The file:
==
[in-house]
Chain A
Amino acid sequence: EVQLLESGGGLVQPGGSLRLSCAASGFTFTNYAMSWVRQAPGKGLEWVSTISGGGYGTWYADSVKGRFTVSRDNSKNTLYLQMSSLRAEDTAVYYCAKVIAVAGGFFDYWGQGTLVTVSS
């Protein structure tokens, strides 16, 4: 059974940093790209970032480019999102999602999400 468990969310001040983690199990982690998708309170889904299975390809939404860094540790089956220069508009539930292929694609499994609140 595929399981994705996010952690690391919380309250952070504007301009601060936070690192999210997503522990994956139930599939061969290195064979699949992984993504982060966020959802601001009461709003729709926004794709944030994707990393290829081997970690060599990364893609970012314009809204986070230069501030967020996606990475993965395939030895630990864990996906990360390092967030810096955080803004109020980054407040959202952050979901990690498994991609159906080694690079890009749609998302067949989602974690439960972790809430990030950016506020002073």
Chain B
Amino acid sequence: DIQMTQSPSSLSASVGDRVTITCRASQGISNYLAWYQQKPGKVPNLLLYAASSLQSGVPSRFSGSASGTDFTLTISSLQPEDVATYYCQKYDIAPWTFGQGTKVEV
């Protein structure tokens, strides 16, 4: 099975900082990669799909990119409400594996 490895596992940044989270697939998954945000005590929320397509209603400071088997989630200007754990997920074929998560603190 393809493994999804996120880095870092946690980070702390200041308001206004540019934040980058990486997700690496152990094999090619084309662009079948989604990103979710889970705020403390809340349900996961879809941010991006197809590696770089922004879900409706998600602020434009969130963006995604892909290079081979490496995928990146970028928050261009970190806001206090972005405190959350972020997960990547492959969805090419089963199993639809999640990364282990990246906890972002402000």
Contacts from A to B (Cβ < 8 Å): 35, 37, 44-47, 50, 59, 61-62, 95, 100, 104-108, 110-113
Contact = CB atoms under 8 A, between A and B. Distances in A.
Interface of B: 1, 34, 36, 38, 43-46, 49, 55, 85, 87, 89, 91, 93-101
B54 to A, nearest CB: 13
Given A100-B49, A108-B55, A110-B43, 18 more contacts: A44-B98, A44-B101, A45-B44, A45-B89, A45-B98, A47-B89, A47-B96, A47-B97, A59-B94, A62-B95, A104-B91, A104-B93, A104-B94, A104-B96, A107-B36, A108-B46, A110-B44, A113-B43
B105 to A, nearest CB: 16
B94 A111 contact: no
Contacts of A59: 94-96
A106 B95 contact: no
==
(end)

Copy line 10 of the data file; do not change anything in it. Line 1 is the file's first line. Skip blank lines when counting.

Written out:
Interface of B: 1, 34, 36, 38, 43-46, 49, 55, 85, 87, 89, 91, 93-101